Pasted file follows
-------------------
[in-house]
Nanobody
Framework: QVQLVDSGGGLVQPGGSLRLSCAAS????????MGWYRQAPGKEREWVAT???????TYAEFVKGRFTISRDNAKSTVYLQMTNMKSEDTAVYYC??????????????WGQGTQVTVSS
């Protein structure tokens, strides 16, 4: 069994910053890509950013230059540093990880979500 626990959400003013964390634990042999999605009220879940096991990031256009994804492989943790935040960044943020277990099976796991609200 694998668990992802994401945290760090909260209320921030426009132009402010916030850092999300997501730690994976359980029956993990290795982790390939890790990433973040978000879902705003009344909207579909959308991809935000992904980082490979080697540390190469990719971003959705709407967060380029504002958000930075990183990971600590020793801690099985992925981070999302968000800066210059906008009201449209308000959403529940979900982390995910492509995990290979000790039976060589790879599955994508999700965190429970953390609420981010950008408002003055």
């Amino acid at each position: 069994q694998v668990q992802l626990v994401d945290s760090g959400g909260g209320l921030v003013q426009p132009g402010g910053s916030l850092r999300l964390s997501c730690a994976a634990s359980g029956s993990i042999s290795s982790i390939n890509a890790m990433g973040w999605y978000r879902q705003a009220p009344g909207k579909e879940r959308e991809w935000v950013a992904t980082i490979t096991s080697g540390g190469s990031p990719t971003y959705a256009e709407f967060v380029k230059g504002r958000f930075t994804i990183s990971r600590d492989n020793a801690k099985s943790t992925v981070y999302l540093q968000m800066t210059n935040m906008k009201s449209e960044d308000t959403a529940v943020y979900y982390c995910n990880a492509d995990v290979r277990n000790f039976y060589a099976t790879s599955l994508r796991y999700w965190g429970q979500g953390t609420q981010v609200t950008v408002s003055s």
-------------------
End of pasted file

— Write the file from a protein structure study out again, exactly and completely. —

[in-house]
Nanobody
Framework: QVQLVDSGGGLVQPGGSLRLSCAAS????????MGWYRQAPGKEREWVAT???????TYAEFVKGRFTISRDNAKSTVYLQMTNMKSEDTAVYYC??????????????WGQGTQVTVSS
């Protein structure tokens, strides 16, 4: 069994910053890509950013230059540093990880979500 626990959400003013964390634990042999999605009220879940096991990031256009994804492989943790935040960044943020277990099976796991609200 694998668990992802994401945290760090909260209320921030426009132009402010916030850092999300997501730690994976359980029956993990290795982790390939890790990433973040978000879902705003009344909207579909959308991809935000992904980082490979080697540390190469990719971003959705709407967060380029504002958000930075990183990971600590020793801690099985992925981070999302968000800066210059906008009201449209308000959403529940979900982390995910492509995990290979000790039976060589790879599955994508999700965190429970953390609420981010950008408002003055």
């Amino acid at each position: 069994q694998v668990q992802l626990v994401d945290s760090g959400g909260g209320l921030v003013q426009p132009g402010g910053s916030l850092r999300l964390s997501c730690a994976a634990s359980g029956s993990i042999s290795s982790i390939n890509a890790m990433g973040w999605y978000r879902q705003a009220p009344g909207k579909e879940r959308e991809w935000v950013a992904t980082i490979t096991s080697g540390g190469s990031p990719t971003y959705a256009e709407f967060v380029k230059g504002r958000f930075t994804i990183s990971r600590d492989n020793a801690k099985s943790t992925v981070y999302l540093q968000m800066t210059n935040m906008k009201s449209e960044d308000t959403a529940v943020y979900y982390c995910n990880a492509d995990v290979r277990n000790f039976y060589a099976t790879s599955l994508r796991y999700w965190g429970q979500g953390t609420q981010v609200t950008v408002s003055s």